Take a short drive 5-mile drive from Punta Gorda to enjoy the experience of simple summer days spent fishing for largemouth bass. Webb Lake, located within the Fred C. Babcock/Cecil M. Webb Wildlife Management Area, is the ideal place to decompress while pursuing America's favorite freshwater game fish.
Because boats propelled by gasoline motors aren't permitted on Webb Lake, it's quite likely that the only sounds you'll hear will be the lapping of the waves along the shoreline or the call of an osprey overhead. Quieter summer months also mean fewer anglers and less fishing pressure. Bonus!
If you're not sure what baits to use or where to start, don't worry. Keep these five summer bass fishing tips in mind, and you'll be reeling in those green fish quicker than you can say "Best Side Outside."
Go early and start shallow. Babcock/Webb Wildlife Management Area is open daily for fishing starting an hour and a half before sunrise. Go early to take advantage of the low light conditions. These early morning hours will often provide the best results when fishing the shallow waters of Webb Lake during the summer. As air temperatures increase from morning to midday, so will the surface temperature of the water.
Topwater lures can be effective early and late or following an afternoon rain shower. Try using a 3-1/8" Skitter Walk in a bluegill pattern during the early morning or evening hours. If fishing Webb Lake following a period of summer rain showers, work a weedless hollow body frog through the lily pads. Lily pads provide some of the best places for bass to ambush prey and seek shady refuge from the heat. If you have a kayak or small boat, you'll be able to easily the large patches of lily pads near the second boat launch, located off of Webb Lake Road.
Your summer Webb Lake "go to" baits should be Texas-rigged soft plastic worms in junebug or green pumpkin colors. Since Webb Lake is just a few feet deep in most spots, the water temperature rises quickly and bass will relate to the bottom. Work Texas-rigged soft plastics by slowly dragging them along the bottom near any drop-offs or ledges. Use a depth finder or Google Earth to locate any drop-offs or to fish the deeper cut that runs through the lake. If fishing on a calm day, you can also try rigging a weightless 4-inch or 5-inch senko. The horizontal side-to-side motion of a weightless senko as it falls down toward the bottom can be incredibly effective at enticing bass to strike.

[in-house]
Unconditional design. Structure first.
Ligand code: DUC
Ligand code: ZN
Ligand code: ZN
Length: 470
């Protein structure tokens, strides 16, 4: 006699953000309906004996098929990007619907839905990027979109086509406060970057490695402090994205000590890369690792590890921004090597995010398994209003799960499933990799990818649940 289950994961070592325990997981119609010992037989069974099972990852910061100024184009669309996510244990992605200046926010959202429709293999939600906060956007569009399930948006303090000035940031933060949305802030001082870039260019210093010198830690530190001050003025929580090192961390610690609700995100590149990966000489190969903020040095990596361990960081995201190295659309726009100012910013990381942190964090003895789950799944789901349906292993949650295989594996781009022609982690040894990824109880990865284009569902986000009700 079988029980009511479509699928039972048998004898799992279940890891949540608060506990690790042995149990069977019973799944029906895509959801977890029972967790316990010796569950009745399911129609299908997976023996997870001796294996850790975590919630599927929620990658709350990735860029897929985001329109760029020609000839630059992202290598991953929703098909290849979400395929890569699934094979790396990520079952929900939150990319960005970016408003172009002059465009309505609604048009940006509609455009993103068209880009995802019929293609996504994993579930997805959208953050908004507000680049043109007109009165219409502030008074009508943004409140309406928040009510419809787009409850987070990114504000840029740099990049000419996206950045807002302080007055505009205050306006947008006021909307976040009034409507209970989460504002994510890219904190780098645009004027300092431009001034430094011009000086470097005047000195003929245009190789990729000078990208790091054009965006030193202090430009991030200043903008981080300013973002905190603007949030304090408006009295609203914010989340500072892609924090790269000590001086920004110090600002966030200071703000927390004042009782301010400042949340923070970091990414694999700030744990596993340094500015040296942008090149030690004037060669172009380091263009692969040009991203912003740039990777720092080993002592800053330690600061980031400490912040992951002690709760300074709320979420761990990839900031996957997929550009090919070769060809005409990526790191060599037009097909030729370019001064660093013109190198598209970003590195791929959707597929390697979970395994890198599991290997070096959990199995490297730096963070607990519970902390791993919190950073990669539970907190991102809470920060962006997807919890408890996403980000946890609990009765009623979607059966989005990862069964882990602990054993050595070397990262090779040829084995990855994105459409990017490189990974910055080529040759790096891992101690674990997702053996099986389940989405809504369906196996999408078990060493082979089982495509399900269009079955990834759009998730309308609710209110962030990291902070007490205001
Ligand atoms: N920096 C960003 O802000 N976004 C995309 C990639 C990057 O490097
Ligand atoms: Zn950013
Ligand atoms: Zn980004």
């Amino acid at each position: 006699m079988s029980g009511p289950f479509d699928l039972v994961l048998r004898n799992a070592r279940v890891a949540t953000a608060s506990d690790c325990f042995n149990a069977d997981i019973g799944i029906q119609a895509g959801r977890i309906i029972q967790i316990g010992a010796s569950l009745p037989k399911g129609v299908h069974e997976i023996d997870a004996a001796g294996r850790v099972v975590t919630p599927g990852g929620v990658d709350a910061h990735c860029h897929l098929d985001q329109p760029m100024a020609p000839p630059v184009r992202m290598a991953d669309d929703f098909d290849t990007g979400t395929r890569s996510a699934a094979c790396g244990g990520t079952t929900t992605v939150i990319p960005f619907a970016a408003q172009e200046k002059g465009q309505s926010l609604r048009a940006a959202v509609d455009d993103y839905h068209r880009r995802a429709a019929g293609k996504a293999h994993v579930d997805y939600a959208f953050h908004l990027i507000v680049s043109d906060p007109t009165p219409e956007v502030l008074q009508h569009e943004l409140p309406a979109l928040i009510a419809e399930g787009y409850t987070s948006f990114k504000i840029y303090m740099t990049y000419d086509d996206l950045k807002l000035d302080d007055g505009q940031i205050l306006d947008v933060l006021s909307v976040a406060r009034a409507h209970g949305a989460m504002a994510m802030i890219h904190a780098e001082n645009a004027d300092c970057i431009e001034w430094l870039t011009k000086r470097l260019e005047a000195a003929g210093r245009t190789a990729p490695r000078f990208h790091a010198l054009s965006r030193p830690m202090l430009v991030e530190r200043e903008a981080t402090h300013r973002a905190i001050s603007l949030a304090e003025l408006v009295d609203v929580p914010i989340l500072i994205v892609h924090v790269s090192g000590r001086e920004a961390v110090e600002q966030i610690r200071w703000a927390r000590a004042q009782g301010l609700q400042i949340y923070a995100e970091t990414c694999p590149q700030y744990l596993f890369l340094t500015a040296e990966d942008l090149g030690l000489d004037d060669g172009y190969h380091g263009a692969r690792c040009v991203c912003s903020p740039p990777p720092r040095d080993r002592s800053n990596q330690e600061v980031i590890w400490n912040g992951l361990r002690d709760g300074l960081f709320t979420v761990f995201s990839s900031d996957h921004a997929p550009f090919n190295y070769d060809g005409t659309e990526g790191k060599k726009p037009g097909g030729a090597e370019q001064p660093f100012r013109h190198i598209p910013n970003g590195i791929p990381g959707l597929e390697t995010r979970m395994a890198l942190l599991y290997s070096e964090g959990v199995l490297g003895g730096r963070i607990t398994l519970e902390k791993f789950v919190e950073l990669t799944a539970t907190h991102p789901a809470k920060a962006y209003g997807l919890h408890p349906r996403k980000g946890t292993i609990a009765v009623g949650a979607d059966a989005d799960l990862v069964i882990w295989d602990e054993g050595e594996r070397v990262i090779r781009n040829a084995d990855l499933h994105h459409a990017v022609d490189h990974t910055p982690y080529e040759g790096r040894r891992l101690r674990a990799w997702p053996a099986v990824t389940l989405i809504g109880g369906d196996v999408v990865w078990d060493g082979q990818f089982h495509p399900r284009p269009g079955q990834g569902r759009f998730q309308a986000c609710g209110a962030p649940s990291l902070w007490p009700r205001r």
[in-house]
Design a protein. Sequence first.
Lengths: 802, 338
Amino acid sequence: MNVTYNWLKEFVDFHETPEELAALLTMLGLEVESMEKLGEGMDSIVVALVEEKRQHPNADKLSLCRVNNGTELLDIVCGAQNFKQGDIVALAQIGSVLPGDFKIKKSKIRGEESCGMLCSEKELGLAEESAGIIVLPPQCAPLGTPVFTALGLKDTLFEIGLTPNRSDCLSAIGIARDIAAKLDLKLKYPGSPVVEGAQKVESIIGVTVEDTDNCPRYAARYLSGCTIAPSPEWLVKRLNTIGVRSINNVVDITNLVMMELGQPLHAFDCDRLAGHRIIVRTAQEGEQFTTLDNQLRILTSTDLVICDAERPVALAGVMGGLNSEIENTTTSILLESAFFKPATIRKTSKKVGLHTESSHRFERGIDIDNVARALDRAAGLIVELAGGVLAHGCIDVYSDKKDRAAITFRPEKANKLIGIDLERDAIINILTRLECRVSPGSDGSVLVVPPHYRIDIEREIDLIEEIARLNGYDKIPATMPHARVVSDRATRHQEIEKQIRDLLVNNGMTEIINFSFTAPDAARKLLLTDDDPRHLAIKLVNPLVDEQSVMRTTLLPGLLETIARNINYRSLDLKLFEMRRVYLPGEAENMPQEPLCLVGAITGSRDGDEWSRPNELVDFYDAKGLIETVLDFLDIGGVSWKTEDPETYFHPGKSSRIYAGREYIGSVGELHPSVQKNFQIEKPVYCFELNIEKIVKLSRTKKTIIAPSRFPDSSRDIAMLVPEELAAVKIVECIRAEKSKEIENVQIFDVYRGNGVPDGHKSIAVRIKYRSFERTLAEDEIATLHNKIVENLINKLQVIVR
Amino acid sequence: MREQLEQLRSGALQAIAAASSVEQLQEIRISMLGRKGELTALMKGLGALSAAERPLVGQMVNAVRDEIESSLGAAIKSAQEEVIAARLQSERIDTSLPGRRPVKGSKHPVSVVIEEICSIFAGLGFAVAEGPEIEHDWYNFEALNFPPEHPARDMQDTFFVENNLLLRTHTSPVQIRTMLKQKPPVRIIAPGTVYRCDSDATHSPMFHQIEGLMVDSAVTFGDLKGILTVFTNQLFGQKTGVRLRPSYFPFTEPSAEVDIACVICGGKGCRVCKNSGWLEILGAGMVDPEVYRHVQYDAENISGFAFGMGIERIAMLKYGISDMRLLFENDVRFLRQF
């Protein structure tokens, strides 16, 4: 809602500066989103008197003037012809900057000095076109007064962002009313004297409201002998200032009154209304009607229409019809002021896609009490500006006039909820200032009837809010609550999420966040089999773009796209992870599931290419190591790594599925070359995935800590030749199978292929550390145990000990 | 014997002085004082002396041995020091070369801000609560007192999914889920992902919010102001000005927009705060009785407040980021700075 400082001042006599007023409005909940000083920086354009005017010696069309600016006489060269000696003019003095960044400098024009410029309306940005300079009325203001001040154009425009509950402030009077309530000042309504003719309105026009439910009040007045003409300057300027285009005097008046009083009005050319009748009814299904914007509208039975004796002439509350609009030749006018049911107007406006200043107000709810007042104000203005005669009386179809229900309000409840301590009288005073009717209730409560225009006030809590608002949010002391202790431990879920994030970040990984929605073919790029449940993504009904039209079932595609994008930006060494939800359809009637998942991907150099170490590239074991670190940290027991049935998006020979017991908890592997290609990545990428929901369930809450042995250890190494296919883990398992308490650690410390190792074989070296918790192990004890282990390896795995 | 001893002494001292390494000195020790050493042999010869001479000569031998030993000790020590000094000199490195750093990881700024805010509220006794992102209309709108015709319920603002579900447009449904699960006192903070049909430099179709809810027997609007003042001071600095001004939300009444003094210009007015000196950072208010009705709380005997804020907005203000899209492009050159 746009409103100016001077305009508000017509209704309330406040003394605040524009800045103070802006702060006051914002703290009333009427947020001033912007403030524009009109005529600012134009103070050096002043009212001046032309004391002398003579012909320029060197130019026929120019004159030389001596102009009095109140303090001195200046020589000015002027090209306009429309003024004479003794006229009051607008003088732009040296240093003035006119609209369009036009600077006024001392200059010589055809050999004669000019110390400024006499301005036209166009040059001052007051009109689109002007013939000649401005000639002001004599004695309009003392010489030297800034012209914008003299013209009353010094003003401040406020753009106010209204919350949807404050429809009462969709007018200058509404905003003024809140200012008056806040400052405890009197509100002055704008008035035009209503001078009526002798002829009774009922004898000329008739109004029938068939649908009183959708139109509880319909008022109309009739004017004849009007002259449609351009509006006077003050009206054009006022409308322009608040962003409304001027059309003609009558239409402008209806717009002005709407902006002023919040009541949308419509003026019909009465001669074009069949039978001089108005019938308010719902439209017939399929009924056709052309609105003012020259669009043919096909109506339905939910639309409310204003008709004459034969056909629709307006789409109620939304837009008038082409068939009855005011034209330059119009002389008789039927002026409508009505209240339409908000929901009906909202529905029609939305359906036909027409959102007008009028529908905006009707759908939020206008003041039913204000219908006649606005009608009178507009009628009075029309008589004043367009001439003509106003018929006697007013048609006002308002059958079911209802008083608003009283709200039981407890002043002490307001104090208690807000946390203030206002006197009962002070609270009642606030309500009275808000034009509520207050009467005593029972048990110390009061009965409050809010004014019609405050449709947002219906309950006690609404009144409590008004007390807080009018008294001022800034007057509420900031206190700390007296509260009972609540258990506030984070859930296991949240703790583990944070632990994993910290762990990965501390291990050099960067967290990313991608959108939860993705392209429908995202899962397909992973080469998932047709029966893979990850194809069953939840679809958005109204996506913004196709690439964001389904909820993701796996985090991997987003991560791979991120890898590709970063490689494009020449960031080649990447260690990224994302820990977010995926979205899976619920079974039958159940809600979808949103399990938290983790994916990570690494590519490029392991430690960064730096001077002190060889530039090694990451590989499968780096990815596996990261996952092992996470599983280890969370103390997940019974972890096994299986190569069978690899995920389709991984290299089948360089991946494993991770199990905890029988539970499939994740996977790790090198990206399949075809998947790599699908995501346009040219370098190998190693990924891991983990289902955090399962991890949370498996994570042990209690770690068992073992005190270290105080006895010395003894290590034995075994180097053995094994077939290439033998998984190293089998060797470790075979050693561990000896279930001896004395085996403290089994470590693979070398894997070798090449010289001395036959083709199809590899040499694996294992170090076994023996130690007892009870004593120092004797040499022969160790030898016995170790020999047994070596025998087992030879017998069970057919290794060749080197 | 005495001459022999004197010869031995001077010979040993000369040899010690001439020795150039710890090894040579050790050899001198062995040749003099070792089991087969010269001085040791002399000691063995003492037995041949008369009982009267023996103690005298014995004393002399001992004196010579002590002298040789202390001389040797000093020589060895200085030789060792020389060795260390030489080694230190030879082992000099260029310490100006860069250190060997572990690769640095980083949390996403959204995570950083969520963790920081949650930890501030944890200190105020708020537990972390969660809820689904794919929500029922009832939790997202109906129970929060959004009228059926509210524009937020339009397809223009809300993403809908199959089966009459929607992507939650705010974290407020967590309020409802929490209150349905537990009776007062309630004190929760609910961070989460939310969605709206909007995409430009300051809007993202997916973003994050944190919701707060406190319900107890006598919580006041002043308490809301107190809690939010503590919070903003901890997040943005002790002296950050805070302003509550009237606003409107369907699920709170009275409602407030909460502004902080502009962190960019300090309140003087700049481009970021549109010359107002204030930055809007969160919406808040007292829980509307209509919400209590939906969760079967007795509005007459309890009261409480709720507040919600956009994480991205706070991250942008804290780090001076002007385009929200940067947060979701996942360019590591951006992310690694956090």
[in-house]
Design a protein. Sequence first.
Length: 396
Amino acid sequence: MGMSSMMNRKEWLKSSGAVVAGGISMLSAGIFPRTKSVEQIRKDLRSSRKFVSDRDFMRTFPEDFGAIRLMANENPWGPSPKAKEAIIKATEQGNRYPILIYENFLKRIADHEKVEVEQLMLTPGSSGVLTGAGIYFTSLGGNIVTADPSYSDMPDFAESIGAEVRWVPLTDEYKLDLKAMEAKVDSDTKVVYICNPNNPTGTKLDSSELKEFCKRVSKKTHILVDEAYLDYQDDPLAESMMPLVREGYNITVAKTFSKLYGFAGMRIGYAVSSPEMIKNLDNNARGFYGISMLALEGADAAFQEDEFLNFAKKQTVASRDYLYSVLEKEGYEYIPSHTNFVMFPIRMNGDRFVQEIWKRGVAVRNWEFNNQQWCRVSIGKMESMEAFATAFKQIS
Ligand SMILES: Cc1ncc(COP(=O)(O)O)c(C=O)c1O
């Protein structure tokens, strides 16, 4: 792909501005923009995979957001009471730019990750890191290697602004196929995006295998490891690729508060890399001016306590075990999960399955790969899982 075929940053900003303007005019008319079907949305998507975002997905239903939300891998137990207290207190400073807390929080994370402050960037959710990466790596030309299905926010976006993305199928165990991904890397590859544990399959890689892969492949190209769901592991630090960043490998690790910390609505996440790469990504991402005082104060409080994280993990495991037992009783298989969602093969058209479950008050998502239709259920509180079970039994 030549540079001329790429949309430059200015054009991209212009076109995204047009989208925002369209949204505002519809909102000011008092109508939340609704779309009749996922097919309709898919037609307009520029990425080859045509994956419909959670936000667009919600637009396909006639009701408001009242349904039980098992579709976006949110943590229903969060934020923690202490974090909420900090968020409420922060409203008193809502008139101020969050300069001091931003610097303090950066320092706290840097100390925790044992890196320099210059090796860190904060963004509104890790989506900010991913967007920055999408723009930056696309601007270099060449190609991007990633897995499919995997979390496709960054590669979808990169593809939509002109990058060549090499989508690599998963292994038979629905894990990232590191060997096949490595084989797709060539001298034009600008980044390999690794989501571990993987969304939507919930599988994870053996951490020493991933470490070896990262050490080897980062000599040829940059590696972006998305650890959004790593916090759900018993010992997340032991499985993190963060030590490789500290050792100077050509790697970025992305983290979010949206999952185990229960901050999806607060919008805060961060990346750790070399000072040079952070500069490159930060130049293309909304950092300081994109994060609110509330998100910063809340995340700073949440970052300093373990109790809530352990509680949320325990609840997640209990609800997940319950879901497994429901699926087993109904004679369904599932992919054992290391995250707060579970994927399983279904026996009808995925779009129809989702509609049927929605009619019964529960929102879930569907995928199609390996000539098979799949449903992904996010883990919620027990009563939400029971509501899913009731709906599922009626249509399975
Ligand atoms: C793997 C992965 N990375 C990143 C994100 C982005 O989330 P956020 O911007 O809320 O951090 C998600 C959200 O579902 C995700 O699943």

Remember to slow down your retrieves and keep slack out of your line. Higher summer water temperatures slow the metabolism of largemouth bass, particularly during the heat of the day. This means that you'll need to slow down your retrieve accordingly. Bass will be less likely to chase large baits or lures that are ripping through the water, and bites are often much more subtle. Reduce the amount of slack in your line while paying close attention in order to feel lighter summer bites. Don't forget, all bass are catch and release only at Babcock/Webb, so it's important to take the time to revive any bass that show signs of stress.
Prepare and dress accordingly. Because Southwest Florida's summer weather patterns often mean afternoon showers, check the forecast in advance of your trip to Babcock/Webb and stay aware of any change in conditions. Wear light-colored breathable clothing, bring along a hat, take a rain jacket, and make sure you have plenty of drinking water.
Now that you have a few handy summer bass fishing tips for Webb Lake, pick a day and get out on the water. Most importantly, be sure to buy your freshwater fishing license and get a Wildlife Management Area daily use permit by visiting MyFWC.com.